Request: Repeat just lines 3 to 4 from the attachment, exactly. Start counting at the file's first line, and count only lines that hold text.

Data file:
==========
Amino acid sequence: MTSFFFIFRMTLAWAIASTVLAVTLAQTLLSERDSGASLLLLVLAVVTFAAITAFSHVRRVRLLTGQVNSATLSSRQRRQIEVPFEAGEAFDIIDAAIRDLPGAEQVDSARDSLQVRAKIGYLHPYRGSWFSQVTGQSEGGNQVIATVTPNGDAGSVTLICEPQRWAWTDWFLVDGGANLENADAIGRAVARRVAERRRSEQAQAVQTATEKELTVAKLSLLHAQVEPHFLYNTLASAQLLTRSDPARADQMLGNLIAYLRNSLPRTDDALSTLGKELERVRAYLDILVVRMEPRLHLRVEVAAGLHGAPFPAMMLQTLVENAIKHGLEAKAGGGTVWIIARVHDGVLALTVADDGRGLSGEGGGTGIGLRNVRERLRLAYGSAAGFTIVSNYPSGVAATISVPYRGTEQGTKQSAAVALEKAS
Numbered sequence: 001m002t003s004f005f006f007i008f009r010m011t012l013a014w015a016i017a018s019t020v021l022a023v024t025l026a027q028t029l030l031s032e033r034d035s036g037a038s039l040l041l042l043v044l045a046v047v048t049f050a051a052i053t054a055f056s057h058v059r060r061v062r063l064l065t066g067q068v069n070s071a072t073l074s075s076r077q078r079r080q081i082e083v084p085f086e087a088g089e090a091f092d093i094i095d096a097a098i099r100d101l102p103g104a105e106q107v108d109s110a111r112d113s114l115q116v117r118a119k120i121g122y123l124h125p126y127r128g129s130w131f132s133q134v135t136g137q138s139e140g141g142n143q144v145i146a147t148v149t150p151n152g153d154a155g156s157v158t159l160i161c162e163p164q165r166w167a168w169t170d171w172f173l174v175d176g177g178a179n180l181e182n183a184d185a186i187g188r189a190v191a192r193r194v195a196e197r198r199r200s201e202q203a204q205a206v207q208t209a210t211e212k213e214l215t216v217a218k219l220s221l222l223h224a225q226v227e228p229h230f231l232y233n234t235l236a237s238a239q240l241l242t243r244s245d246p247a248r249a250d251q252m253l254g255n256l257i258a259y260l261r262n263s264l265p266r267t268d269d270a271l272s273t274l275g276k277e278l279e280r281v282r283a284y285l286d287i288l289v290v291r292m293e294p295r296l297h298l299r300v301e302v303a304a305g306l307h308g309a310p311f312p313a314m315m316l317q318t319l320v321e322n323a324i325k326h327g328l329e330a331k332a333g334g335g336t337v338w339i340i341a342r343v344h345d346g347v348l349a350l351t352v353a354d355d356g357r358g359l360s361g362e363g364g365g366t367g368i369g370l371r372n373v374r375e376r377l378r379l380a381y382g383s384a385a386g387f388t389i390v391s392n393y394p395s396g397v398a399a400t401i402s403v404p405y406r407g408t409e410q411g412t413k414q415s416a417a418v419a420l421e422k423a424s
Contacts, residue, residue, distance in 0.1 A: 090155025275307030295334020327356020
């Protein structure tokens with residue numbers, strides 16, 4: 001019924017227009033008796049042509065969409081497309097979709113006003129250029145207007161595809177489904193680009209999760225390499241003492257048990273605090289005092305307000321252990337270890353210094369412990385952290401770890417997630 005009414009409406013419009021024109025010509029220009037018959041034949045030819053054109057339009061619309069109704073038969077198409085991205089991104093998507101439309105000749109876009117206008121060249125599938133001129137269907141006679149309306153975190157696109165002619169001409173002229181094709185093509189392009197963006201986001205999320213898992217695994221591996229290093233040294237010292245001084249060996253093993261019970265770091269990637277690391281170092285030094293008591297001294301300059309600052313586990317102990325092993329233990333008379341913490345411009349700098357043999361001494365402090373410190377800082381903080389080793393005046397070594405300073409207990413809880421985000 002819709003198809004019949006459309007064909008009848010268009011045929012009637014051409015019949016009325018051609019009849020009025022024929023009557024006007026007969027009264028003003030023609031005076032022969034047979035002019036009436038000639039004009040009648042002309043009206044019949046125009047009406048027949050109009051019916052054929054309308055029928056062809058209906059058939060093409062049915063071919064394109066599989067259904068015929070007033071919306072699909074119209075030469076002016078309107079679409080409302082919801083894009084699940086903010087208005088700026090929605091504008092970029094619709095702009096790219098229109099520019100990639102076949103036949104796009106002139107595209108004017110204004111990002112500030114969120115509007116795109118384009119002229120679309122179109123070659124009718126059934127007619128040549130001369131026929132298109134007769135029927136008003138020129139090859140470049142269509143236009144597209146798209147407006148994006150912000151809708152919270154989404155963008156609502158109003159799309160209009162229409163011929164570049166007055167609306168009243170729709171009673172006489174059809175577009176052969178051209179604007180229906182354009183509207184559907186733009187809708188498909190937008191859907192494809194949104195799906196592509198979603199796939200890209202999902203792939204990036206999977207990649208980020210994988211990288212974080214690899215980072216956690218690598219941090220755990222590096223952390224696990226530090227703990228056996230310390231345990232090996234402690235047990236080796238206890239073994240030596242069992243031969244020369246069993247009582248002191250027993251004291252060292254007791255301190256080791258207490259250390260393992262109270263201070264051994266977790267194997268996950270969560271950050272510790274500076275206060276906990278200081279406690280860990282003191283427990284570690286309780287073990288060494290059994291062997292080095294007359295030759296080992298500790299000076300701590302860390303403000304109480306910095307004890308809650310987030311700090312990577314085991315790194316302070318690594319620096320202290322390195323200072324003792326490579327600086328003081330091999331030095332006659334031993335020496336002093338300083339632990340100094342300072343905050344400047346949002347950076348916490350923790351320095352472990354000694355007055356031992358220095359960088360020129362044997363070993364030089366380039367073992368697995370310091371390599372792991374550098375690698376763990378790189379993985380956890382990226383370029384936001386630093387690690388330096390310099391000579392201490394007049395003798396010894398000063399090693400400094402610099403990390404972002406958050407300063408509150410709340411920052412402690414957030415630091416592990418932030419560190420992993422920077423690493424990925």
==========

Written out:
Contacts, residue, residue, distance in 0.1 A: 090155025275307030295334020327356020
């Protein structure tokens with residue numbers, strides 16, 4: 001019924017227009033008796049042509065969409081497309097979709113006003129250029145207007161595809177489904193680009209999760225390499241003492257048990273605090289005092305307000321252990337270890353210094369412990385952290401770890417997630 005009414009409406013419009021024109025010509029220009037018959041034949045030819053054109057339009061619309069109704073038969077198409085991205089991104093998507101439309105000749109876009117206008121060249125599938133001129137269907141006679149309306153975190157696109165002619169001409173002229181094709185093509189392009197963006201986001205999320213898992217695994221591996229290093233040294237010292245001084249060996253093993261019970265770091269990637277690391281170092285030094293008591297001294301300059309600052313586990317102990325092993329233990333008379341913490345411009349700098357043999361001494365402090373410190377800082381903080389080793393005046397070594405300073409207990413809880421985000 002819709003198809004019949006459309007064909008009848010268009011045929012009637014051409015019949016009325018051609019009849020009025022024929023009557024006007026007969027009264028003003030023609031005076032022969034047979035002019036009436038000639039004009040009648042002309043009206044019949046125009047009406048027949050109009051019916052054929054309308055029928056062809058209906059058939060093409062049915063071919064394109066599989067259904068015929070007033071919306072699909074119209075030469076002016078309107079679409080409302082919801083894009084699940086903010087208005088700026090929605091504008092970029094619709095702009096790219098229109099520019100990639102076949103036949104796009106002139107595209108004017110204004111990002112500030114969120115509007116795109118384009119002229120679309122179109123070659124009718126059934127007619128040549130001369131026929132298109134007769135029927136008003138020129139090859140470049142269509143236009144597209146798209147407006148994006150912000151809708152919270154989404155963008156609502158109003159799309160209009162229409163011929164570049166007055167609306168009243170729709171009673172006489174059809175577009176052969178051209179604007180229906182354009183509207184559907186733009187809708188498909190937008191859907192494809194949104195799906196592509198979603199796939200890209202999902203792939204990036206999977207990649208980020210994988211990288212974080214690899215980072216956690218690598219941090220755990222590096223952390224696990226530090227703990228056996230310390231345990232090996234402690235047990236080796238206890239073994240030596242069992243031969244020369246069993247009582248002191250027993251004291252060292254007791255301190256080791258207490259250390260393992262109270263201070264051994266977790267194997268996950270969560271950050272510790274500076275206060276906990278200081279406690280860990282003191283427990284570690286309780287073990288060494290059994291062997292080095294007359295030759296080992298500790299000076300701590302860390303403000304109480306910095307004890308809650310987030311700090312990577314085991315790194316302070318690594319620096320202290322390195323200072324003792326490579327600086328003081330091999331030095332006659334031993335020496336002093338300083339632990340100094342300072343905050344400047346949002347950076348916490350923790351320095352472990354000694355007055356031992358220095359960088360020129362044997363070993364030089366380039367073992368697995370310091371390599372792991374550098375690698376763990378790189379993985380956890382990226383370029384936001386630093387690690388330096390310099391000579392201490394007049395003798396010894398000063399090693400400094402610099403990390404972002406958050407300063408509150410709340411920052412402690414957030415630091416592990418932030419560190420992993422920077423690493424990925």